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Verizon wants your land-line, and good times for a Rochester defense contractor

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Justina Davies
/
via Flickr
Verizon is testing out a product for fetching local land-lines.

For those of you who've grown accustomed to reading the inimitable Rachel Ward in this space, I offer a quick apology. I'll be pinch-hitting today. So without further ado, here's your Morning Round-up!

Verizon wants your land-line

The Rochester Business Journal is reporting that Verizon is using the Rochester area to test out a new product.

Verizon’s Home Phone Connect is a plug-in device that converts existing land-lines to a Verizon Wireless account. Customers signing up for the service would keep their existing numbers but add cell-phone features such as voice mail at no extra charge, Verizon spokesman John O’Malley said.

The new service will feature a minutes-based billing system, eliminating long distance charges for domestic calls. RBJ says the move by Verizon is designed to snatch customers away from Rochester-based Frontier Communications as well as other carriers.

All we want to know is if this other Verizon "landline slayer" ever caught on?

Good year for defense contractor

The Democrat and Chronicle's Matt Daneman sat down with the president of the Rochester-based arm of ITT, a defense contractor based in Westchester County. ITT's Geospatial Systems Division employs 1,300 workers in Rochester and the company says local business has been growing steadily.

From 2006, if you take geospatial and you put everything together, we've been growing about 3.7 percent. It's been a slow growth. Some of that is economics. Some of that is government. We've done a great job in making the business more efficient. Our bottom line has grown almost double (the 3.7 percent). We'll grow this year again in that 3 to 3.5 percent range.

The Rochester-based arm of ITT makes everything from night vision systems to satellite imaging to climate monitoring systems. ITT came to area after buying Kodak's aerial and space imaging business in 2004 for $725 million.

A lot of what they do is confidential, which is probably why it landed both ITT and Kodak on the Top Secret America project that the Washington Post put out last summer. We reported on Rochester's contributions to the list at the time, and found that it was, at best, out-of-date.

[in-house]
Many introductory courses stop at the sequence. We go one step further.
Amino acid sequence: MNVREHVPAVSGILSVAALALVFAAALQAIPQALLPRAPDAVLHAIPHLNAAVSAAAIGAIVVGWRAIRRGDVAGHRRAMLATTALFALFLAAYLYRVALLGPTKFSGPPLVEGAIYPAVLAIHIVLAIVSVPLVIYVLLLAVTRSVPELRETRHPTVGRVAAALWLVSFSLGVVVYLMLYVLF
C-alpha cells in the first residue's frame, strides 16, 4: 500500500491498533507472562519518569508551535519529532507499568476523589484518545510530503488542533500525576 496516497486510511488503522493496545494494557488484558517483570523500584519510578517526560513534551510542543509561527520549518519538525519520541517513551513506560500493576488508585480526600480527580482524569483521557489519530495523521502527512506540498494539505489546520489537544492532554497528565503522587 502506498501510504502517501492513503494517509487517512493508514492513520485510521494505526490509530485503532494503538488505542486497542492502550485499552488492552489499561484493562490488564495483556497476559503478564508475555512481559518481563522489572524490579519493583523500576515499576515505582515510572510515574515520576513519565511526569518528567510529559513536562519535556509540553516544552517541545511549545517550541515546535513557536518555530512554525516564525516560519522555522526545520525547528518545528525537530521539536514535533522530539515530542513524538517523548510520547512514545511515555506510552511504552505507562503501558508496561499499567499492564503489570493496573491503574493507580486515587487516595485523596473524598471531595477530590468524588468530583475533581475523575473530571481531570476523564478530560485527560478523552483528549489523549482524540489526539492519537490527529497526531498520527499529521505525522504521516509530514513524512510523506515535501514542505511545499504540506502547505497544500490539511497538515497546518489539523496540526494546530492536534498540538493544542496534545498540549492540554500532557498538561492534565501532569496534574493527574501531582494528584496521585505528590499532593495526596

Trees that glow

It's a little early for Christmas trees, but consider this: scientists in Taiwan are using nanoparticles called bio light emitting diodes, or bio LEDs, to create glowing tree leaves.

"In the future, bio-LED could be used to make roadside trees luminescent at night," said Yen-Hsun Su in an interview with Chemistry World. "This will save energy and absorb CO2 as the bio-LED luminescence will cause the chloroplast to conduct photosynthesis."

Don't hold your breath though. Discovery News says it's a long way off.

Faster offshore wind

As some of our reporting has borne out, the permitting process for large scale wind power projects can be a major obstacle for developers. That is especially the case for offshore wind projects.

Now the Obama administration wants to speed up the permitting process significantly. Interior Department Secretary Ken Salazar announced an initiative on Tuesday targeted at spurring offshore wind development.

From the AP via TreeHugger:

At a speech in Baltimore, Salazar said he will institute a "smart permitting process" that could result in leases issued within two years, instead of seven years or more. "The Cape Wind lease is an historic milestone in America's renewable energy future, but to fully harness the economic and energy benefits of our nation's vast Atlantic wind potential we need to implement a smart permitting process that is efficient, thorough and unburdened by needless red tape," Salazar said.

It took eight years for Cape Wind to receive federal approval.

Lists, lists, lists

Several upstate cities were recently listed as great places to start over. The region recently received good news on the unemployment front. But what's this? Rochester is apparently the 15th worse place in America to find a job?

13 WHAM News' Evan Dawson has some analysis.

More lists, lists, lists

If you think Rochester's latest ranking is bad, it's got nothing on Buffalo's latest list appearance: Buffalo is the 17th most dangerous city in America.

From the Buffalo News:

The rankings, newly released by CQ Press and based on 2009 crime data, show that Buffalo has gone from the 27th most dangerous city in the country to 17th -- by far the city's worst rating since the rankings were first published in 1995. No other municipality in the state fared so poorly this year.

Lists are crazy.

Kodak Park

Last but not least, Eastman Business Park has been in the news lately. A trucking company recently moved in.

But, really, that's just pretense for a look at this meandering, esoteric review from the Center for Land Use Interpretation.

Kodak Park is the epicenter of this global reformulation of one of the most formative elements of the information age. This is where mass imaging – analogue, chemical – was birthed. Within its 22 mile perimeter, and over its 1,100 acres lies the physical history of physical imaging.

The business park is said to be the largest industrial complex in the northeast United States.

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